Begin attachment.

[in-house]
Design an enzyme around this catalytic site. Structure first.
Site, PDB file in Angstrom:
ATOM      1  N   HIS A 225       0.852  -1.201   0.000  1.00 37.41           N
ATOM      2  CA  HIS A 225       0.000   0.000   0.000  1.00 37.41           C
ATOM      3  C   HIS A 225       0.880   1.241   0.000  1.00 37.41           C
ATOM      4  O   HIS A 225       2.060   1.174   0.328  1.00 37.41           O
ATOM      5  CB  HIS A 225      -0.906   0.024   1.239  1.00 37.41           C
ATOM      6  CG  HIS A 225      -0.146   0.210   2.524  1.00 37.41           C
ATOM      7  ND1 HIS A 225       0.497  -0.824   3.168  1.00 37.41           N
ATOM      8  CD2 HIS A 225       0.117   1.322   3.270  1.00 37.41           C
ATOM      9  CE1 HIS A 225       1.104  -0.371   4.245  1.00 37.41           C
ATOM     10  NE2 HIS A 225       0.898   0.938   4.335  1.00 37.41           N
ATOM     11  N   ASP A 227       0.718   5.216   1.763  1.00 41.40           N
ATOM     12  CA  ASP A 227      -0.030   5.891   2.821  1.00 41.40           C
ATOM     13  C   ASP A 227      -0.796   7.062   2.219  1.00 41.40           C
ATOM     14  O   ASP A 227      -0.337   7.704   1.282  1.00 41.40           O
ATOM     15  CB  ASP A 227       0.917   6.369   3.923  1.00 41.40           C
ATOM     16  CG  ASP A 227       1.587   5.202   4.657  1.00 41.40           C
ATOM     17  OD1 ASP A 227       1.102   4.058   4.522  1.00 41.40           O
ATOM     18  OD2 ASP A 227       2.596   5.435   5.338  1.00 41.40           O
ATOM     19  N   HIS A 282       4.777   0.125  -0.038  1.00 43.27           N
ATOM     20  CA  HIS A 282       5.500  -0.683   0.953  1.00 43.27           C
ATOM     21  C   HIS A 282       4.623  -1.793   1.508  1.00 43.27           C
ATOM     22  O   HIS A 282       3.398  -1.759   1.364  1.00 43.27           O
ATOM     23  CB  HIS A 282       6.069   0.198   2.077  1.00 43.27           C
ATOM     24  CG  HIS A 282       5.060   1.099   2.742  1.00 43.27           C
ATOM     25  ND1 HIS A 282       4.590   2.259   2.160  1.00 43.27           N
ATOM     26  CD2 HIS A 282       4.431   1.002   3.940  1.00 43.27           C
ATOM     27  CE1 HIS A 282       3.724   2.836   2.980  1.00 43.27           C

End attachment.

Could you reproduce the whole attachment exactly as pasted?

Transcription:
[in-house]
Design an enzyme around this catalytic site. Structure first.
Site, PDB file in Angstrom:
ATOM      1  N   HIS A 225       0.852  -1.201   0.000  1.00 37.41           N
ATOM      2  CA  HIS A 225       0.000   0.000   0.000  1.00 37.41           C
ATOM      3  C   HIS A 225       0.880   1.241   0.000  1.00 37.41           C
ATOM      4  O   HIS A 225       2.060   1.174   0.328  1.00 37.41           O
ATOM      5  CB  HIS A 225      -0.906   0.024   1.239  1.00 37.41           C
ATOM      6  CG  HIS A 225      -0.146   0.210   2.524  1.00 37.41           C
ATOM      7  ND1 HIS A 225       0.497  -0.824   3.168  1.00 37.41           N
ATOM      8  CD2 HIS A 225       0.117   1.322   3.270  1.00 37.41           C
ATOM      9  CE1 HIS A 225       1.104  -0.371   4.245  1.00 37.41           C
ATOM     10  NE2 HIS A 225       0.898   0.938   4.335  1.00 37.41           N
ATOM     11  N   ASP A 227       0.718   5.216   1.763  1.00 41.40           N
ATOM     12  CA  ASP A 227      -0.030   5.891   2.821  1.00 41.40           C
ATOM     13  C   ASP A 227      -0.796   7.062   2.219  1.00 41.40           C
ATOM     14  O   ASP A 227      -0.337   7.704   1.282  1.00 41.40           O
ATOM     15  CB  ASP A 227       0.917   6.369   3.923  1.00 41.40           C
ATOM     16  CG  ASP A 227       1.587   5.202   4.657  1.00 41.40           C
ATOM     17  OD1 ASP A 227       1.102   4.058   4.522  1.00 41.40           O
ATOM     18  OD2 ASP A 227       2.596   5.435   5.338  1.00 41.40           O
ATOM     19  N   HIS A 282       4.777   0.125  -0.038  1.00 43.27           N
ATOM     20  CA  HIS A 282       5.500  -0.683   0.953  1.00 43.27           C
ATOM     21  C   HIS A 282       4.623  -1.793   1.508  1.00 43.27           C
ATOM     22  O   HIS A 282       3.398  -1.759   1.364  1.00 43.27           O
ATOM     23  CB  HIS A 282       6.069   0.198   2.077  1.00 43.27           C
ATOM     24  CG  HIS A 282       5.060   1.099   2.742  1.00 43.27           C
ATOM     25  ND1 HIS A 282       4.590   2.259   2.160  1.00 43.27           N
ATOM     26  CD2 HIS A 282       4.431   1.002   3.940  1.00 43.27           C
ATOM     27  CE1 HIS A 282       3.724   2.836   2.980  1.00 43.27           C